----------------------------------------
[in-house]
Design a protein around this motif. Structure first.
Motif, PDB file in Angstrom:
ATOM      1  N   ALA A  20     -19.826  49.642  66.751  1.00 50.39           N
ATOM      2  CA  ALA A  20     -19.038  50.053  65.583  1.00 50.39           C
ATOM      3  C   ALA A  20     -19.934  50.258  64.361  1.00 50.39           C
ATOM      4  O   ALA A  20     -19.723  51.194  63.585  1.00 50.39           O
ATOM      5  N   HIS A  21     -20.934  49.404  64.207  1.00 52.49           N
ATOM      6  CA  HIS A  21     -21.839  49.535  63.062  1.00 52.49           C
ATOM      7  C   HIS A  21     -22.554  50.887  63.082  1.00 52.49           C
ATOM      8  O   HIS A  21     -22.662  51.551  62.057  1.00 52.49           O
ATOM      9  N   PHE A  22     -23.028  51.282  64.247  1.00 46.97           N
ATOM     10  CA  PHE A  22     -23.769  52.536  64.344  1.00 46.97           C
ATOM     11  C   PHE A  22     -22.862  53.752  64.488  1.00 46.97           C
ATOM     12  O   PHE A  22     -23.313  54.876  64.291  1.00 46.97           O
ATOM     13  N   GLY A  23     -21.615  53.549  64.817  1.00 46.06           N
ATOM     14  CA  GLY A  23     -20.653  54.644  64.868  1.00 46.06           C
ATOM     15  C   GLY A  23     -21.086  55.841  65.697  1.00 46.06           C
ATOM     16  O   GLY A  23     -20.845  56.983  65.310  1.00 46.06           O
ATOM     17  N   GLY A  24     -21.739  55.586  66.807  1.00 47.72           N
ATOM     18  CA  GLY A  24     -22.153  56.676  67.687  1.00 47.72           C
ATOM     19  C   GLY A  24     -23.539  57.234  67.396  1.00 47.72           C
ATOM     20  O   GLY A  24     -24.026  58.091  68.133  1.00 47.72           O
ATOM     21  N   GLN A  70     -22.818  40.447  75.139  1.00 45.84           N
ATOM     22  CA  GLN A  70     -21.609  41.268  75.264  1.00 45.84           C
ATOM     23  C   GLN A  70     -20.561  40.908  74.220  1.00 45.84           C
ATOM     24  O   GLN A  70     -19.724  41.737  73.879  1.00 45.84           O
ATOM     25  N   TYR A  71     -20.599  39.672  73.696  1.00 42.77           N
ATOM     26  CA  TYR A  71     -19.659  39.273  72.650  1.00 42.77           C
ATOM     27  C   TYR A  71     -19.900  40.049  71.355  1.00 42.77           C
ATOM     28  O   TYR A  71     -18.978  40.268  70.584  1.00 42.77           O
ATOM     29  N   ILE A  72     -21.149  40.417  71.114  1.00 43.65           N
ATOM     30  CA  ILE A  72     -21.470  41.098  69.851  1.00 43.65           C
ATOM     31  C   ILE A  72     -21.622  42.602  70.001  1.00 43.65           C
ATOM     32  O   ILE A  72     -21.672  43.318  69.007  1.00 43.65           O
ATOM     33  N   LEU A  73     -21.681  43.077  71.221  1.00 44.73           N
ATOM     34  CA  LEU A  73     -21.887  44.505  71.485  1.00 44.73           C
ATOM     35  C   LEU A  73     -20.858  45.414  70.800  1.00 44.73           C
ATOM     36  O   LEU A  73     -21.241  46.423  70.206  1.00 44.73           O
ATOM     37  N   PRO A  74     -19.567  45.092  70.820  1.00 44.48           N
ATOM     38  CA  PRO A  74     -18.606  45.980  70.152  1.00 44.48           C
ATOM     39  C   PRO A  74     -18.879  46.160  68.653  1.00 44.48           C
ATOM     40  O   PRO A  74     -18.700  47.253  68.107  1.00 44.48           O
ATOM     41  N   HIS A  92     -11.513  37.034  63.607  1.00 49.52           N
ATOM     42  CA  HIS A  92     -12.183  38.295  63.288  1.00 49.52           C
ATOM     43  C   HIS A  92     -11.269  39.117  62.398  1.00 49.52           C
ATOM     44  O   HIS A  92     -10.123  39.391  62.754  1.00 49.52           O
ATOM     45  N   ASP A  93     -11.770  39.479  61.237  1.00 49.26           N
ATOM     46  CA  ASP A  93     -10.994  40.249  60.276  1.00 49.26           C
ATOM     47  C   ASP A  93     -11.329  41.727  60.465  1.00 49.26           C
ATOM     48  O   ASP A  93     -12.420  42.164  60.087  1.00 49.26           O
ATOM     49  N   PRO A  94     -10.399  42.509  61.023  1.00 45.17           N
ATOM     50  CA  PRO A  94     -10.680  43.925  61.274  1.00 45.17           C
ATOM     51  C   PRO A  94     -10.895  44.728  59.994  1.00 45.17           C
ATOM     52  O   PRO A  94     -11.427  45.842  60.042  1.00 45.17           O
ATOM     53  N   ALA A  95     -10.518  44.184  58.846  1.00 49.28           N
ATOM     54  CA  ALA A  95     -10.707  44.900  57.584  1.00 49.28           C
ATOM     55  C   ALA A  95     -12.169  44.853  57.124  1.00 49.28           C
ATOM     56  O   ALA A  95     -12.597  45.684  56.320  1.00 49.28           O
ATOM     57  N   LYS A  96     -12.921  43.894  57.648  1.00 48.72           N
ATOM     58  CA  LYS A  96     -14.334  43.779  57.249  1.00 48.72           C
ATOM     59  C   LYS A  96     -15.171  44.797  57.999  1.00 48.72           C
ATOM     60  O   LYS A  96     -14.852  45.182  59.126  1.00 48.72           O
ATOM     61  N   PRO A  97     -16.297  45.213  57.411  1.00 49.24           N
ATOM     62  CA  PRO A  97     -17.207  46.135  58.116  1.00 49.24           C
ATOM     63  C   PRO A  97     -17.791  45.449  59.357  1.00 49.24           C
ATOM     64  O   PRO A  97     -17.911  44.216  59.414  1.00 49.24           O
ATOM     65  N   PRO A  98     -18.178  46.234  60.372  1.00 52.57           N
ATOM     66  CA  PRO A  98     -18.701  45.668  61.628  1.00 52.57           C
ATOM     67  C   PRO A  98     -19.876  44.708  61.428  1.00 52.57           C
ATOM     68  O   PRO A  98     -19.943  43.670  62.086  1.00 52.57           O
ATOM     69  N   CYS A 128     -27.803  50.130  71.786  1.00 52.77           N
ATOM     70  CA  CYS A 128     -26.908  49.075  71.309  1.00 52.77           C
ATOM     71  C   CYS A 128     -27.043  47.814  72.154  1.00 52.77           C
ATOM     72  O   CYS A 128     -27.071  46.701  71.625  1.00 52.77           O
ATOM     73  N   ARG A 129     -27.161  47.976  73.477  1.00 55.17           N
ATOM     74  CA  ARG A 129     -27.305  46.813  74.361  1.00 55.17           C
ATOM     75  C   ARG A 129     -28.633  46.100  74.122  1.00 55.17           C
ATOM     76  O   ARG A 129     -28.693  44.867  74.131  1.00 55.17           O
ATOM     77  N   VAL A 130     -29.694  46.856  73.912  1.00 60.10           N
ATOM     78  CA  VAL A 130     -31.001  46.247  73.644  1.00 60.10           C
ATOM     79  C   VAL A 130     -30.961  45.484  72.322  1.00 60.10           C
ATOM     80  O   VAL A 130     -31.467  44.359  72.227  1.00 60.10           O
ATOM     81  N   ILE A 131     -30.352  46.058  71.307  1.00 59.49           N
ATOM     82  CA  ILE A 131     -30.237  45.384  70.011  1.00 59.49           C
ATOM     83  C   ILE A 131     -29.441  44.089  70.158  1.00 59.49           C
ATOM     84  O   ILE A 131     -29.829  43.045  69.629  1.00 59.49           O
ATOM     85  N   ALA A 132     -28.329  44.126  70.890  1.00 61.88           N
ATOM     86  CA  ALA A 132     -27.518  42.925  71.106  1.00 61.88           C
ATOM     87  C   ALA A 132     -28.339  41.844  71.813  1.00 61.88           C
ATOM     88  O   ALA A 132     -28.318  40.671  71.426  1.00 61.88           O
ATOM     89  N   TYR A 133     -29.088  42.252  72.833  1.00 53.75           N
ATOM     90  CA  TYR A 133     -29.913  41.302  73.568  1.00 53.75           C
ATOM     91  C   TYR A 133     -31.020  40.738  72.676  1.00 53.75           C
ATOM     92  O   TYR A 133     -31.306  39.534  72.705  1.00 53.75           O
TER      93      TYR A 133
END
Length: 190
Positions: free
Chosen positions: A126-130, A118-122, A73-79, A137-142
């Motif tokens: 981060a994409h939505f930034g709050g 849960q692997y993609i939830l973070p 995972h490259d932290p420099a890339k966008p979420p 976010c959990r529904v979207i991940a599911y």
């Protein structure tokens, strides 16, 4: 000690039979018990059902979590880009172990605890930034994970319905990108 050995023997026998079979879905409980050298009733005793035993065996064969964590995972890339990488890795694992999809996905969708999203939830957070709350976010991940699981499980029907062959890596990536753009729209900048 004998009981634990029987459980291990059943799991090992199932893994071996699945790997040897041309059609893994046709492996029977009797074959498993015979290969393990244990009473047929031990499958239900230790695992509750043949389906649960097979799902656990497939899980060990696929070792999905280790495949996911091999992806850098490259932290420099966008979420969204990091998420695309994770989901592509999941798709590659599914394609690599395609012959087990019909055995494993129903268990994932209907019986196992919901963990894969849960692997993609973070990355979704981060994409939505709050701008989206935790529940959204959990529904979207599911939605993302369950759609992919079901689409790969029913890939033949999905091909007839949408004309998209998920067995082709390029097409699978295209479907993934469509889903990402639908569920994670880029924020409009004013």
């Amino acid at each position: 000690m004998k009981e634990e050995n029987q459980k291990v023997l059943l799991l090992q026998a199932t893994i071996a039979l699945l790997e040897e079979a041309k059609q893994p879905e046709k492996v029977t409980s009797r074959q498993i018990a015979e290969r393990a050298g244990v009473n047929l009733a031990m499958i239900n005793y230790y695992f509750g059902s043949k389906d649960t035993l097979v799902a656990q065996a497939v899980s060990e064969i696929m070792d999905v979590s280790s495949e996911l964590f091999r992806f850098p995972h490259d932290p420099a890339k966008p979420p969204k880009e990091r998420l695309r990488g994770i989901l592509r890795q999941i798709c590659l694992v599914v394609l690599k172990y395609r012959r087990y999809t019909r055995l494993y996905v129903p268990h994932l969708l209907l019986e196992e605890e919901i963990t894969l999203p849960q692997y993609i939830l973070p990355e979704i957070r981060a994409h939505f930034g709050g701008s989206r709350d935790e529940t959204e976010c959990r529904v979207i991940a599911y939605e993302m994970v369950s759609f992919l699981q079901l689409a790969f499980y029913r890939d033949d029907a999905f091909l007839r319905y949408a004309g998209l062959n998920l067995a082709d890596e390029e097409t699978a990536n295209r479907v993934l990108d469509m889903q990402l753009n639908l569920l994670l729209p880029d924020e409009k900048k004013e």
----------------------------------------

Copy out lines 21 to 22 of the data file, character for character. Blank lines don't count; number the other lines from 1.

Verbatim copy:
ATOM     18  CA  GLY A  24     -22.153  56.676  67.687  1.00 47.72           C
ATOM     19  C   GLY A  24     -23.539  57.234  67.396  1.00 47.72           C